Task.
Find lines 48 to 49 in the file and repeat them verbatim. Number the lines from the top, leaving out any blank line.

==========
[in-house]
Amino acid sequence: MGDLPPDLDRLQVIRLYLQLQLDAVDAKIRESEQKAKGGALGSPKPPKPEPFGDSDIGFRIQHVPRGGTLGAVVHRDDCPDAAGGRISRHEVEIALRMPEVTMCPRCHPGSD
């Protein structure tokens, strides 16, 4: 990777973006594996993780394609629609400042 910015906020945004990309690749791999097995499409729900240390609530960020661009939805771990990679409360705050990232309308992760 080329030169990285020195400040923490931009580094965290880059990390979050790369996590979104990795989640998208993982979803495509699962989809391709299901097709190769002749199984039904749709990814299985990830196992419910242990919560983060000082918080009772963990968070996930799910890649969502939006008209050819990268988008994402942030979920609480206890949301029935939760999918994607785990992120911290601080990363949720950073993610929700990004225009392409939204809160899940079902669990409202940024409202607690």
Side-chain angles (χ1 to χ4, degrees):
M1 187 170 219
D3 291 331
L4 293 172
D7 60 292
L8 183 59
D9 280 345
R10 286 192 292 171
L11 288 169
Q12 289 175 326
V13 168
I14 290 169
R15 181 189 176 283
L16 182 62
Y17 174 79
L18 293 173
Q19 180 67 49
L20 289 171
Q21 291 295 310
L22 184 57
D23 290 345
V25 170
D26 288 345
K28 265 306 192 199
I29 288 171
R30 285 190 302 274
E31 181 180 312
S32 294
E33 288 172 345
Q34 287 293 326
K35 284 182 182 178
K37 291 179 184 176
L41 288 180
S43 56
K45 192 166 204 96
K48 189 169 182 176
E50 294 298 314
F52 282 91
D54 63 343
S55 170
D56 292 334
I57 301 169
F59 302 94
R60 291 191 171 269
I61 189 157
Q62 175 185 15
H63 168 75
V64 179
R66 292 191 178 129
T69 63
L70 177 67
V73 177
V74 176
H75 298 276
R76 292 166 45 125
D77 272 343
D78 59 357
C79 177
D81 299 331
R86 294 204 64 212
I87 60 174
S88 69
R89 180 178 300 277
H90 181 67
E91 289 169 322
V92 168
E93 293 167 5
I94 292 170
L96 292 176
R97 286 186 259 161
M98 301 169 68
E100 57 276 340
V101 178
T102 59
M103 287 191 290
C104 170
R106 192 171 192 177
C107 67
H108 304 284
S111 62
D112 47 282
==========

I61 189 157
Q62 175 185 15